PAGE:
Projects per year
Rates of genetic gain in dairy cows are impressive, especially for milk production traits that drive profitability (VanRaden 2004). However, narrow breeding goals focused on milk production traits are detrimental to reproductive performance and health of cows (Rauw et al. 1998), and consequently there has been pressure to develop breeding values to enable selection that balances both production and non-production traits. Although, the rationale to extend breeding goals initially focused entirely on the impact of the new breeding value to farmer profitability, breeding goals are now becoming more complex in order to meet challenges set by consumers and society (Boichard and Brochard 2012; Martin-Collado et al. 2015). For example, the growing human population places more pressure on the available limited resources; global changes may mean hotter drier conditions to manage livestock and there is also increased consumer awareness about animal welfare and farming conditions. To accommodate this requirement, over recent decades there has been a rapid expansion of the number of breeding values that are available for farmers to select on. Almost without exception these breeding values rely on large amounts of field data that are freely available through current recording systems, such as milk production, calving records, insemination dates, pregnancy test outcomes, health records and culling dates.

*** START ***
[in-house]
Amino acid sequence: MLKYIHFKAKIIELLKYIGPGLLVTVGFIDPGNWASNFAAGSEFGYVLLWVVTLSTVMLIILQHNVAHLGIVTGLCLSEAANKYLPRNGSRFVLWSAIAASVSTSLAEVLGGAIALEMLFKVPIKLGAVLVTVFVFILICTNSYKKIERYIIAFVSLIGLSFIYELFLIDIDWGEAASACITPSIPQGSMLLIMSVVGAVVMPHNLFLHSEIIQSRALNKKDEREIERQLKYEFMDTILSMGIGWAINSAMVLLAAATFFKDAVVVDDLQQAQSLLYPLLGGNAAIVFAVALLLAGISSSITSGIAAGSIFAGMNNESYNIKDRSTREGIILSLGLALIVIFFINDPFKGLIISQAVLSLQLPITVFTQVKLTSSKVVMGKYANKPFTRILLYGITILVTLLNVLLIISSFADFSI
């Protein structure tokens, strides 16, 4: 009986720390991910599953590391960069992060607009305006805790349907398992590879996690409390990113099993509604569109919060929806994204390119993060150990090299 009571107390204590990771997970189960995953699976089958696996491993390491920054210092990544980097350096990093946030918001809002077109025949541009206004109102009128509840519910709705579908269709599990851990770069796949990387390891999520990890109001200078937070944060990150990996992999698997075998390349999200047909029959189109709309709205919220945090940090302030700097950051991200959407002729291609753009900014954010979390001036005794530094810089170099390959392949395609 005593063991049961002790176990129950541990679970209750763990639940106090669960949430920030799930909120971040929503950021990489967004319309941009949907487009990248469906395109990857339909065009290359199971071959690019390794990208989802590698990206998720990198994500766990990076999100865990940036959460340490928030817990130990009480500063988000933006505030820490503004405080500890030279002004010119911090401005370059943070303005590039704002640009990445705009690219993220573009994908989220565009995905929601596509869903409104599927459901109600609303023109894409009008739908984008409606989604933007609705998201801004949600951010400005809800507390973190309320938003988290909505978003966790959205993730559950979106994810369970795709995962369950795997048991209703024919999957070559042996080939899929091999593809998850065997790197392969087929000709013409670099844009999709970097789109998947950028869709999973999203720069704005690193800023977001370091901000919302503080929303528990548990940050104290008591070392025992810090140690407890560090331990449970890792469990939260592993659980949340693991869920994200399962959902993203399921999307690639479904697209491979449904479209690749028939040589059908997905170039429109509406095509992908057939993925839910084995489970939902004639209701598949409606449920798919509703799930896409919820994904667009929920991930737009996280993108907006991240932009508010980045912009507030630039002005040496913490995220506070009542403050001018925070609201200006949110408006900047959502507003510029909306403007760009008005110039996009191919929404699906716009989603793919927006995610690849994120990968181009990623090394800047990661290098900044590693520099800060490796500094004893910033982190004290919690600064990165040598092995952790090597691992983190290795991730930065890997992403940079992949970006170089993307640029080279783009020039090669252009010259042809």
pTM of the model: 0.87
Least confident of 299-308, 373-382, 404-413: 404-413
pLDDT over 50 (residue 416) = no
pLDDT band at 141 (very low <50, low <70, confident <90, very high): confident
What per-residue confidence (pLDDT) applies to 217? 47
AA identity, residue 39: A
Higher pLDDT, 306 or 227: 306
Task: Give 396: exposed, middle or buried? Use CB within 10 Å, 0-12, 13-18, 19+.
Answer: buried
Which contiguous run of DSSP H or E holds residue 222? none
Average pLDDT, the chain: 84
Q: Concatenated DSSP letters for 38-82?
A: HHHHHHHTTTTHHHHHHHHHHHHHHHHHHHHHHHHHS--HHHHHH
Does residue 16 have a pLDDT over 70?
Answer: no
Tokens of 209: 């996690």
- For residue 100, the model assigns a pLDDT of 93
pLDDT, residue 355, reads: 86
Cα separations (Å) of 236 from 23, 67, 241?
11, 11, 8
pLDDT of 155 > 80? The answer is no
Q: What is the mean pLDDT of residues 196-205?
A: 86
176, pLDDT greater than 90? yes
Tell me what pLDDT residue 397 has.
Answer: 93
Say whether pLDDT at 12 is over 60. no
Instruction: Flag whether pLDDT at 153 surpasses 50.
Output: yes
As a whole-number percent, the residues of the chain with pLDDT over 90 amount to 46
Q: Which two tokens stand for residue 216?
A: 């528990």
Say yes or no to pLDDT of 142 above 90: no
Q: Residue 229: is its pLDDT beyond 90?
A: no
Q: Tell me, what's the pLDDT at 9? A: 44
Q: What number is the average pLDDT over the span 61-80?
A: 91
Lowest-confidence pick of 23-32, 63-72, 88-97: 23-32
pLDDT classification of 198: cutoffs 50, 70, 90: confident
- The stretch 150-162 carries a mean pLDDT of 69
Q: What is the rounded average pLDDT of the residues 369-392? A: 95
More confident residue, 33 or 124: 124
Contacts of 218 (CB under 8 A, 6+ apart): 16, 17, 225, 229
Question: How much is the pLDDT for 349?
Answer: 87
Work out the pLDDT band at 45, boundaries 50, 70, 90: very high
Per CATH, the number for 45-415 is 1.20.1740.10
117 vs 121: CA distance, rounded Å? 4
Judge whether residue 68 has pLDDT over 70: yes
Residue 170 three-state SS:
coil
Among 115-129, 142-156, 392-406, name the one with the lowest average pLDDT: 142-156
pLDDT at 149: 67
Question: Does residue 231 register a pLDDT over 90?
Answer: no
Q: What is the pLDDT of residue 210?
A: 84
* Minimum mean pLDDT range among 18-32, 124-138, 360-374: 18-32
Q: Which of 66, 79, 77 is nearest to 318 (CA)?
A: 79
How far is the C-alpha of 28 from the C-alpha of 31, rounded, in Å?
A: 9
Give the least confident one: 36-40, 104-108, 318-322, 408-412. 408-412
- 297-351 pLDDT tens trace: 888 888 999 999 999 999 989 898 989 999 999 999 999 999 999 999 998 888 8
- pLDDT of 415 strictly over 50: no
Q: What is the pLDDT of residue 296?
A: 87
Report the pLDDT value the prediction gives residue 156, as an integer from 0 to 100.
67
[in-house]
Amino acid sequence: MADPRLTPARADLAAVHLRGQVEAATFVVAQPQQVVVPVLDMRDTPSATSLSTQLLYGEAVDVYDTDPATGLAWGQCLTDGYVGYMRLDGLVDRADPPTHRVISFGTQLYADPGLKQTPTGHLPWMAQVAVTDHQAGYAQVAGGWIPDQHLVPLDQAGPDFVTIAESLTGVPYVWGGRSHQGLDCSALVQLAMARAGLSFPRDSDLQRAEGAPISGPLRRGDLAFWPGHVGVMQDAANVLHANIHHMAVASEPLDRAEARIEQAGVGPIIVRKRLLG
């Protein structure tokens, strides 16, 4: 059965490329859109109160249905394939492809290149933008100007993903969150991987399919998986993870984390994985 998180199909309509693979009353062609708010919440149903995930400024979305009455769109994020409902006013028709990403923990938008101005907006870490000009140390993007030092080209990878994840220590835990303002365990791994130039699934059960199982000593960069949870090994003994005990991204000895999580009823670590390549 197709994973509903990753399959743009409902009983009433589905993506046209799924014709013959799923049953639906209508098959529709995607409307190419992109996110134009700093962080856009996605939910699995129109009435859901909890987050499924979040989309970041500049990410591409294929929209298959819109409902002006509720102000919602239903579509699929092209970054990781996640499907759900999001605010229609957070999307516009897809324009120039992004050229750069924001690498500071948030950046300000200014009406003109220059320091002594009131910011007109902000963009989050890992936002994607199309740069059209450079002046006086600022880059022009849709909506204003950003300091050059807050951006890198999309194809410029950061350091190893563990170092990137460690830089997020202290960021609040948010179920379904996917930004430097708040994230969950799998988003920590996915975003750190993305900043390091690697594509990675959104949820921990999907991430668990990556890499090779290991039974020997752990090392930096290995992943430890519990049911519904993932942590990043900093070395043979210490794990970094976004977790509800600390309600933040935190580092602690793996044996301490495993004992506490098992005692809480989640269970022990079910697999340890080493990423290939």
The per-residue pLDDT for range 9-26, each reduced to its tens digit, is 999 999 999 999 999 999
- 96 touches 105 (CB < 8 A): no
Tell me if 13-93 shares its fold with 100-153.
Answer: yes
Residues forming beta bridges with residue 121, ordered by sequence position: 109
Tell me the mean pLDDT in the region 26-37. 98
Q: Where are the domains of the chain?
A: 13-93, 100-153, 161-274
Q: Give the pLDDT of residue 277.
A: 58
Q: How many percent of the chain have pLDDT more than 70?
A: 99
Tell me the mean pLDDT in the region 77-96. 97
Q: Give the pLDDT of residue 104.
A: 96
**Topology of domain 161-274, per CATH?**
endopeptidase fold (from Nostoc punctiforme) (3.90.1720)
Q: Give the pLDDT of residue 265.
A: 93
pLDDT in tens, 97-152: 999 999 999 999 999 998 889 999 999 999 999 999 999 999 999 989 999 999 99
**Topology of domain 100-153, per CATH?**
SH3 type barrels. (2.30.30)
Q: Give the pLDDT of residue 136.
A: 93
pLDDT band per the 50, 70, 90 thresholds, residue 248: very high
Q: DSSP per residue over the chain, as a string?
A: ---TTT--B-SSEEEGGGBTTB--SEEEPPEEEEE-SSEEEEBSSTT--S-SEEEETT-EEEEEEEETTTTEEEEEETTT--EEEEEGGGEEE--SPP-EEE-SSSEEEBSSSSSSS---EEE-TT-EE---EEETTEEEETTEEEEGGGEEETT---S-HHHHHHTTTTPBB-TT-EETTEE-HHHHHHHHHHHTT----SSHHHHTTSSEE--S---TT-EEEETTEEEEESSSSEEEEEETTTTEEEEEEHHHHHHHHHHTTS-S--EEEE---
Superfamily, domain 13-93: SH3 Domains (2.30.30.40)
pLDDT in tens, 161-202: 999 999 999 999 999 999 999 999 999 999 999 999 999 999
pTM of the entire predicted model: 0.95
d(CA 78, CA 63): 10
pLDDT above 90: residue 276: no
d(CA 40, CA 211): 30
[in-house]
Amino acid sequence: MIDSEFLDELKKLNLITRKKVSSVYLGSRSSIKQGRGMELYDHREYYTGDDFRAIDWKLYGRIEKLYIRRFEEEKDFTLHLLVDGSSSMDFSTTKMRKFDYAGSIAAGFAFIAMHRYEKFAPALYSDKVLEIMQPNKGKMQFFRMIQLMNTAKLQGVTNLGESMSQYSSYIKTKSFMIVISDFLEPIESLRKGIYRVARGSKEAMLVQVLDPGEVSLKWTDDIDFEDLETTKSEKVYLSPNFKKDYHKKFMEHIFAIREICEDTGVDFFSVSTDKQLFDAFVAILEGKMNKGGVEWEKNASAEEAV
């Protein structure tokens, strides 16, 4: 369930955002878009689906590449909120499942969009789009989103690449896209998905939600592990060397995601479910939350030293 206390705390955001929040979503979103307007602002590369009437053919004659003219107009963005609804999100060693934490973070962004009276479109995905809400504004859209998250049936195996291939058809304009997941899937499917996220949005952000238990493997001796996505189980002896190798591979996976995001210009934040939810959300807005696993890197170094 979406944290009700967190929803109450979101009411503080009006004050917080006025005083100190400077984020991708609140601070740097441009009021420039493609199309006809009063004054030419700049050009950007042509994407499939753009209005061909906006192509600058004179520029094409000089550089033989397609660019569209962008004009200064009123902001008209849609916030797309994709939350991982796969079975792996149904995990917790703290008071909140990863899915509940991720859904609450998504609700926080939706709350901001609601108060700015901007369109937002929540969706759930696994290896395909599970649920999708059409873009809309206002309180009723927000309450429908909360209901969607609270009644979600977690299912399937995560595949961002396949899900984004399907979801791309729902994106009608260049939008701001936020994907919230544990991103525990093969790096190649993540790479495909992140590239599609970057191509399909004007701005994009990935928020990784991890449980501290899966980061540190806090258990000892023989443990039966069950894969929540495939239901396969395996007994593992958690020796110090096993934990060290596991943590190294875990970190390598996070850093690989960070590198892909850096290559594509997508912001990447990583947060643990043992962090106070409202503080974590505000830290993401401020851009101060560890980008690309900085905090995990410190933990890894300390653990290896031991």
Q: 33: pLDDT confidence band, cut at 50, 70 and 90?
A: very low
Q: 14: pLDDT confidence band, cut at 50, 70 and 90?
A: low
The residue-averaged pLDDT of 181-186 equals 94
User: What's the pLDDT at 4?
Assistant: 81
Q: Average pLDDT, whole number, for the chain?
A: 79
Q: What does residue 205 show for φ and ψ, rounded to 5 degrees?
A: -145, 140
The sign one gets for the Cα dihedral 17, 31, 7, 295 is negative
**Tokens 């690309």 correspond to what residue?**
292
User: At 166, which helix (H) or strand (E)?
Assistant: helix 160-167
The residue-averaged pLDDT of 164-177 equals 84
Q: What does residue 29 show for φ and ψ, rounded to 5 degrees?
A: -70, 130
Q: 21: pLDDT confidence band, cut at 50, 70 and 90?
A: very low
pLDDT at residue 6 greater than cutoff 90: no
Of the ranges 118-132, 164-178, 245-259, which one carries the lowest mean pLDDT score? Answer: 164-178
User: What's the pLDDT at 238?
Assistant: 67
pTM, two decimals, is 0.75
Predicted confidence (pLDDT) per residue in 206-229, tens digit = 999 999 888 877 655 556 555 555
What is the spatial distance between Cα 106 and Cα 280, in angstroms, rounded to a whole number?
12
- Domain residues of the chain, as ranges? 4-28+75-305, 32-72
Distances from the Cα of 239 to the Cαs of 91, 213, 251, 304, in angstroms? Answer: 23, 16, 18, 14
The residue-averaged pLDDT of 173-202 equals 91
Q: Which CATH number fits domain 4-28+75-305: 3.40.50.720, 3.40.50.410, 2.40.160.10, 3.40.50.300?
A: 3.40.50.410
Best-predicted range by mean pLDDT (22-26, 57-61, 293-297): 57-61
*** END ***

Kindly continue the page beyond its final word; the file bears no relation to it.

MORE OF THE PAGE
|Title of host publication||Achieving sustainable production of milk|
|Subtitle of host publication||Volume 3: Dairy herd management and welfare|
|Publisher||Burleigh Dodds Science Publishing Limited|
|Publication status||Published - 2017|
FingerprintDive into the research topics of 'Genetic selection for dairy cow welfare and resilience to climate change'. Together they form a unique fingerprint.
- 2 Active
AF-16022 Breed4Food II (BO-63-001-009, BO-47-001-021, BO-22.04-025-001, BO-22.04-011-001, BO-22.02-011-001)
1/01/14 → 31/12/21
1/01/13 → …